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Speeding Up and Slowing Down


Practice Group Report

This month we used a Practice Group activity Penny Tompkins posted on the Clean Forum a few years ago: ‘Flexibility with the Number of Questions Asked Per Minute’. (Thanks, Penny!) And with three rounds and each one taking about half an hour, we knew we’d have get started early on in the evening. So there was little time for chat before we launched into ‘Speeding Up and Slowing Down’.

We started by asking questions at our normal rate, working in threes and starting each time with “What would you like to have happen?” The observer noted how many questions the facilitator asked in 8 minutes.

In the next round, the challenge was to see how FEW questions we could ask. And in the final round, we had a go at seeing how MANY questions we could ask. After each of these rounds we also noted what needed to happen for us to slow down or speed up…


  • Use the full syntax

  • Build (NLP) rapport - get breathing in sync, mirror client’s body position, etc

  • Repeat client’s words in a contemplative way

  • Pay full attention to the client

  • Stay silent

  • Take better notes and don’t think about the next question

  • Pause before asking a question

  • Pick up on client’s key words

  • Back track

  • Ask location questions

  • Ask: “That’s like what?”


  • Don’t listen properly

  • Use the short syntax

  • Don’t repeat any of the client’s words

  • Don’t take any notes

  • Ask questions of the least interesting words

  • Don’t ask “Like what?” or location questions

  • Grab any small pause

  • Speak faster

While clients sometimes got useful information from the speeded up version, we concluded (once again) that LESS is MORE - the fewer questions we asked (because we were doing the behaviours listed above) the better the quality of information the clients got. And it was less stressful for the facilitators too!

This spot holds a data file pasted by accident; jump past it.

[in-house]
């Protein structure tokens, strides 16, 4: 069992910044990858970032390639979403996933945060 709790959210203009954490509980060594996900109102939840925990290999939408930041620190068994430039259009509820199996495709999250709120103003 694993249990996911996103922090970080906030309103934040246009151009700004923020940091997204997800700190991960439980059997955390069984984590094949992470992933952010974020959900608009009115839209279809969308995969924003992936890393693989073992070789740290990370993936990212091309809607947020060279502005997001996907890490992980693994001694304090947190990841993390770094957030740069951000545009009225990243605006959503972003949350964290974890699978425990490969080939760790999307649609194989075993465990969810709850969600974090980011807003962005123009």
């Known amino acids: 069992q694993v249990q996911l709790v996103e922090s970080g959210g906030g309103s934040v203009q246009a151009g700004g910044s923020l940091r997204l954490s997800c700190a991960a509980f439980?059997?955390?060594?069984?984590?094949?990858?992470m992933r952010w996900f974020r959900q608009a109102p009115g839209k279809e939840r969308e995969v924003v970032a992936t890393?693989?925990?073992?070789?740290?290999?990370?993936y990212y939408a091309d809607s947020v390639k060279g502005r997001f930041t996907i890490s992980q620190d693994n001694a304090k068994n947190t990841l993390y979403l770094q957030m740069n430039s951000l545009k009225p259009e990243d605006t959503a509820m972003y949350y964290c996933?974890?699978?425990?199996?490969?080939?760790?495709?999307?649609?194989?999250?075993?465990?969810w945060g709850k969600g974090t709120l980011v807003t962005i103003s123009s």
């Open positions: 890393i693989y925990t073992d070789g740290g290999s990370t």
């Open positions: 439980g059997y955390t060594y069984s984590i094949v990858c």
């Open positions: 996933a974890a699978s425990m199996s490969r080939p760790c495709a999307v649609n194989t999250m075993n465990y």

The fewest number of questions anyone asked in 8 minutes was 2 and the most was 26. The ‘normal’ range was between 4 and 18.

The fact that we swapped groups for each round meant we got to work with several different people, and it was another enjoyable evening.

Photo by Krzysztof Niewolny on Unsplash

About Marian Way

Marian Way's avatar

A highly skilled facilitator and trainer, Marian, who founded Clean Learning in 2001, has developed and delivered training across the world. She is the author of Clean Approaches for Coaches, co-author, with James Lawley, of Insights in Space and co-author, with Caitlin Walker, of So you want to be… #DramaFree.

Marian is an expert Clean facilitator, an adept modeller, a programme writer and an inspirational trainer. She has a natural ability to model existing structures, find the connections between them and design new ways for people to learn. Marian was a leading innovator within the Weight Watchers organisation, which included developing the “points” strategy, a local idea that went on to become a global innovation. She is a director of both Clean Learning and Training Attention CIC, world leaders in clean applications for corporate, educational and community development. She designs our programmes and workbooks, leads workshops and teaches on all our courses. She’s trained people in Great Britain, Russia, Sweden, Germany, Australia, Japan and the USA. Marian is also a recognised Clean Assessor.

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